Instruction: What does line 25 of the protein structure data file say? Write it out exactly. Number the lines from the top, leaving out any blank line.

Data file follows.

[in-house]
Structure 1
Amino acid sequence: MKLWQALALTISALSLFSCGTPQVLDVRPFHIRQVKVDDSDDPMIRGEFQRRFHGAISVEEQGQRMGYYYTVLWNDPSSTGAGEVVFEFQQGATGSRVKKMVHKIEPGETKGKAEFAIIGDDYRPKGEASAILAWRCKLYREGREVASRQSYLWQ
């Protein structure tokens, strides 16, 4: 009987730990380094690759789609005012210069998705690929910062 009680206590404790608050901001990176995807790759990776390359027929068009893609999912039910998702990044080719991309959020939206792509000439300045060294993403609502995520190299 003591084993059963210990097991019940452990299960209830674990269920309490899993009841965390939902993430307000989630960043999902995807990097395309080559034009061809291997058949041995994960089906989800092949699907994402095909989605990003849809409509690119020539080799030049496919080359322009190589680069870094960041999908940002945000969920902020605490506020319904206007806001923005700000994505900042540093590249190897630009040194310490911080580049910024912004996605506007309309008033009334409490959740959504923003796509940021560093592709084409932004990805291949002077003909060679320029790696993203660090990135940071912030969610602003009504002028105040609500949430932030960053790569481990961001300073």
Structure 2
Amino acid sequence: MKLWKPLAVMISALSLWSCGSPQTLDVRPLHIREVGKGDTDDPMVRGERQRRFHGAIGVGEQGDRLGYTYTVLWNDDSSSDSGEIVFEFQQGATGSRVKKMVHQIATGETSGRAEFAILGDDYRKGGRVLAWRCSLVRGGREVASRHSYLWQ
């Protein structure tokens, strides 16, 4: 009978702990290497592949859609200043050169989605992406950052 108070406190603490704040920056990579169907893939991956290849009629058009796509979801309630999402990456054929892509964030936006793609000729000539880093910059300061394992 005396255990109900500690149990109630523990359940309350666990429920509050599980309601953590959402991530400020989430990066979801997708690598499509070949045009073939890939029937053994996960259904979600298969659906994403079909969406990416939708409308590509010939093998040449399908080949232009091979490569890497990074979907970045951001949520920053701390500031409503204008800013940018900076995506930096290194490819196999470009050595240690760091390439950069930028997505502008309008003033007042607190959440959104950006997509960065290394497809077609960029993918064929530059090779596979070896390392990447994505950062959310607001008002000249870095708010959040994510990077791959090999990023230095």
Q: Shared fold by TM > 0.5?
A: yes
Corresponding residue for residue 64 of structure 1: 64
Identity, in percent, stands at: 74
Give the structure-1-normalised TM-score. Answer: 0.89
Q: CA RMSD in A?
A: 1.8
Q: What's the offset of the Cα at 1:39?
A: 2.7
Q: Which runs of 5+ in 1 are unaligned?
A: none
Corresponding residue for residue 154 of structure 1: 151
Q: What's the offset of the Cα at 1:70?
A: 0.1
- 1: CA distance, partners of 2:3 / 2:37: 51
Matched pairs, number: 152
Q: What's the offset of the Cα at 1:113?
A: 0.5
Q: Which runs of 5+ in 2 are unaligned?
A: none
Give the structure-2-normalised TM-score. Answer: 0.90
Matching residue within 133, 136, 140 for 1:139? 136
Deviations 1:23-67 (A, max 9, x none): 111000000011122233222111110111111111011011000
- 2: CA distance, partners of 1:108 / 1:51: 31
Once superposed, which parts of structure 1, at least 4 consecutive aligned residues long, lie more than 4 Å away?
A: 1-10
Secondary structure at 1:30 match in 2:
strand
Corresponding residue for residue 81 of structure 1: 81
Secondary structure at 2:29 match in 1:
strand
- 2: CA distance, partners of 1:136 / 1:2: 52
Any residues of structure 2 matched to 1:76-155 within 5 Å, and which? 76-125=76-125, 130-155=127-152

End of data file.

A: 0.5